The technology of the European Upper Palaeolithic yielded abundant evidence of the use of composite projectile heads, in the form of osseous points on the side of which one or several (micro)lithic elements are attached. Yet, little experimental work has been devoted to testing and assessing the parameters of use of this type of composite tips. In this paper we present a pilot experiment with replicas of Magdalenian composite spear tips, made of an antler point with one or two rows of flint backed bladelets. Two series of replicas were manufactured after the lithic and osseous record of, respectively, the Lower Magdalenian from southwest France (c. 20–18 ky cal BP) and the Upper Magdalenian of Pincevent in the Paris Basin (c. 15–14 ky cal BP). The 34 experimental composite heads were hafted to spears that were then shot with a spearthrower at the carcasses of two young deer. The results provide some insight into the performance characteristics of the osseous and lithic components, both in efficiency and durability. Finally, possible improvements of the experimental protocol are discussed, as well as the implications of our results for the understanding of projectile point variability in the Upper Palaeolithic.
Keywords: Upper Palaeolithic; Magdalenian; Pincevent; Experimental archaeology; Hunting; Composite projectile head; Flint backed bladelet
The Atlantic Ocean receives warm, saline water from the Indo-Pacific Ocean through Agulhas leakage around the southern tip of Africa. Recent findings suggest that Agulhas leakage is a crucial component of the climate system and that ongoing increases in leakage underanthropogenic warming could strengthen theAtlantic overturning circulation at a time when warming and accelerated meltwater input in theNorth Atlantic is predicted to weaken it. Yet in comparison with processes in the North Atlantic, the overall Agulhas system is largely overlooked as a potential climate trigger or feedback mechanism. Detailed modelling experiments-backed by palaeoceanographic and sustained modern observations-are required to establish firmly the role of the Agulhas system in a warming climate.
Fossil teeth from marine mammals suggest that the tropical water cycle sped up during the Eocene.
The Eocene greenhouse climate state has been linked to a more vigorous hydrologic cycle at mid- and high latitudes; similar information on precipitation levels at low latitudes is, however, limited. Oxygen isotopic fluxes track moisture fluxes and, thus, the d18O values of ocean surface waters can provide insight into hydrologic cycle changes. The offset between tropical d18O values from sampled Eocene sirenian tooth enamel and modern surface waters is greater than the expected 1.0 per mil increase due to increased continental ice volume. This increased offset could result from suppression of surface-water d18O values by a tropical, annual moisture balance substantially wetter than that of today. Results from an atmospheric general circulation model support this interpretation and suggest that Eocene low latitudes were extremely wet.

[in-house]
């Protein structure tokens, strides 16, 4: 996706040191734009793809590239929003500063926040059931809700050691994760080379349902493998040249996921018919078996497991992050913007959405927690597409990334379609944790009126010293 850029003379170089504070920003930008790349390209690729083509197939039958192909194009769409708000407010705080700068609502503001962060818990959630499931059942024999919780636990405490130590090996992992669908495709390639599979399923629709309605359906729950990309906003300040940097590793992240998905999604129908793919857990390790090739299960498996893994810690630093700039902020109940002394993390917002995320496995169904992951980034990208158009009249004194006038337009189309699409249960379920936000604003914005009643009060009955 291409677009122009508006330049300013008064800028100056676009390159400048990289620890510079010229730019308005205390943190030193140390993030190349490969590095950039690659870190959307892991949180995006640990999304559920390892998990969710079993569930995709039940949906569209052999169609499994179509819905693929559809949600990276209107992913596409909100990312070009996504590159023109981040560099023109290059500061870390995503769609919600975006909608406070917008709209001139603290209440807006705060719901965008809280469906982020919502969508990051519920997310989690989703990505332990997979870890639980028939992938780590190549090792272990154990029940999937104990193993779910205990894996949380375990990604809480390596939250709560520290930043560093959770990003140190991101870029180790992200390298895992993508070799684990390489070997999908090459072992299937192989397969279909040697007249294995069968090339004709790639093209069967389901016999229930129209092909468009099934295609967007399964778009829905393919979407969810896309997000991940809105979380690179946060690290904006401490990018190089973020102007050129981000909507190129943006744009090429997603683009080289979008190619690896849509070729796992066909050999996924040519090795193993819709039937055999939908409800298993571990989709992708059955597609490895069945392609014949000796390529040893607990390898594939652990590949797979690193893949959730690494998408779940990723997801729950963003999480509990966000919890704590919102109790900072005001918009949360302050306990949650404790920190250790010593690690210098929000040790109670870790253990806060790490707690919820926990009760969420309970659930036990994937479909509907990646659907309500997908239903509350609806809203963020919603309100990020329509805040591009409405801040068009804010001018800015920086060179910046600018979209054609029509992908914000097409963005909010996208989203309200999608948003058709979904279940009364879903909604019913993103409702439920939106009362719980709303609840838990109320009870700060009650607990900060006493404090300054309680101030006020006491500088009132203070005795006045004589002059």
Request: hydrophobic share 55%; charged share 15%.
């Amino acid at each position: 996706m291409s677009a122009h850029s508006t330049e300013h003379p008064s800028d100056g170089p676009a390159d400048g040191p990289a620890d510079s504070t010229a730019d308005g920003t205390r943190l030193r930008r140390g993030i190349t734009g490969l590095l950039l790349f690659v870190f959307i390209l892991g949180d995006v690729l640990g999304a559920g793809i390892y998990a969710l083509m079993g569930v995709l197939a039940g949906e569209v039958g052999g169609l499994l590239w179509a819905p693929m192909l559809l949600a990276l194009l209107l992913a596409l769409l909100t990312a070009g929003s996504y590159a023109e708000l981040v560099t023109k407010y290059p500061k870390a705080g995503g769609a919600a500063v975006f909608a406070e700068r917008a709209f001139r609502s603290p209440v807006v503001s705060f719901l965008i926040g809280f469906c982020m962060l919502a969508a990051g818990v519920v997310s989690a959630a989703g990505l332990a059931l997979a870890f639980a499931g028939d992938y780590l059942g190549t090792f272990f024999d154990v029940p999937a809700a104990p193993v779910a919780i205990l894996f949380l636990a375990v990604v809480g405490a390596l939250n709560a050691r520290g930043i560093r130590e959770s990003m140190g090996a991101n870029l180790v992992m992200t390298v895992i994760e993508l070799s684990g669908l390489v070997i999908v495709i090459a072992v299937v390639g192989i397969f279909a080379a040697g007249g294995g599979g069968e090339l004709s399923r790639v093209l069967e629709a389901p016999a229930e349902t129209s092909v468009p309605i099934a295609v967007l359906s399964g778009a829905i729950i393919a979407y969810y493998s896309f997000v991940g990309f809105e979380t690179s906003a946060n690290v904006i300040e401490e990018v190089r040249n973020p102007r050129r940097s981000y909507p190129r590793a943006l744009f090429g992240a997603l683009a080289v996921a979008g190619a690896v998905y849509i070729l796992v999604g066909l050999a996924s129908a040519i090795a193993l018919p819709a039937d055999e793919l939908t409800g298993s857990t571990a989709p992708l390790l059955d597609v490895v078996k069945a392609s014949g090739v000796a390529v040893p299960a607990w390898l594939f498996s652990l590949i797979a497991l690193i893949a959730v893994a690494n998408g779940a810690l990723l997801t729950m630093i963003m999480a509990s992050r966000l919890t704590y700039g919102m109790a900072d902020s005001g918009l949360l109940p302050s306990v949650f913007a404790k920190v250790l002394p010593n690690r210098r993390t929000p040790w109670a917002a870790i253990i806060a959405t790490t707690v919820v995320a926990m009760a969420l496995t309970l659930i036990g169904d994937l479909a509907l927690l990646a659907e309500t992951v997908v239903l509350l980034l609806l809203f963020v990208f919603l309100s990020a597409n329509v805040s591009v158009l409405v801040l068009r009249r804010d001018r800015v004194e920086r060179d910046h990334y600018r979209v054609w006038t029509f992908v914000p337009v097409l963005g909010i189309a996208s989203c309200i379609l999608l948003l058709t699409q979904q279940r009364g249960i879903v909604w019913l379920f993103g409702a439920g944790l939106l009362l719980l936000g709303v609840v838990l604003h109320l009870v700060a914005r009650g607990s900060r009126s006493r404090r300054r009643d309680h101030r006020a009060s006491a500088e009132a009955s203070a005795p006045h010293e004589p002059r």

Languages vary widely but not without limit. The central goal of linguistics is to describe the diversity of human languages and explain the constraints on that diversity. Generative linguists following Chomsky have claimed that linguistic diversity must be constrained by innate parameters that are set as a child learns a language. In contrast, other linguists following Greenberg have claimed that there are statistical tendencies for co-occurrence of traits reflecting universal systems biases, rather than absolute constraints or parametric variation. Here we use computational phylogenetic methods to address the nature of constraints on linguistic diversity in an evolutionary framework. First, contrary to the generative account of parameter setting, we show that the evolution of only a few word-order features of languages are strongly correlated. Second, contrary to the Greenbergian generalizations, we show that most observed functional dependencies between traits are lineage-specific rather than universal tendencies. These findings support the view that-at least with respect to word order-cultural evolution is the primary factor that determines linguistic structure, with the current state of a linguistic system shaping and constraining future states.
The transition from hunter-gathering to agriculture (Neolithic) spread gradually across Europe from the Southeast. A reduction in cultural diversity of crop farming practices has been previously observed by comparing pre-LBK Neolithic sites in Greece and the Balkans (dated about 8500 yr BP) to LBK Neolithic sites in Central Europe (dated about 7000 yr BP). The decrease in crop diversity is statistically significant even when considering only the species less likely to have been subject to smaller productivity due to climatic factors (reductions in growing season, temperature, daylight, etc.). This reduction in cultural diversity has not been explained previously. In this paper we show that spatial drift, which occurred on the front of the advancing wave of pioneer settlements, can explain the observed loss of diversity during the LBK range expansion. Our results suggest that spatial dimensions can have a relevant effect also in other case studies in which cultural drift is important.
Keywords: Cultural drift; Spatial dimensions; Neolithic; Demic diffusion; Waves of advance
Simulations mostly by physicists of the competition between adult languages since 2003 are reviewed. The Viviane and Schulze models give good and reasonable agreement, respectively, with the empirical histogram of language sizes. Also the numbers of different languages within one language family is modeled reasonably in an intermediate range. Bilingualism is now incorporated into the Schulze model. Also the rate at which the majority shifts from one language to another is found to be nearly independent of the population size, or to depend strongly on it, according to details of the Schulze model. Other simulations, like Nettle-Culicover-Nowak, are reviewed more briefly.
Key words: Language competition, Schulze model, Viviane model, agent-based modeling.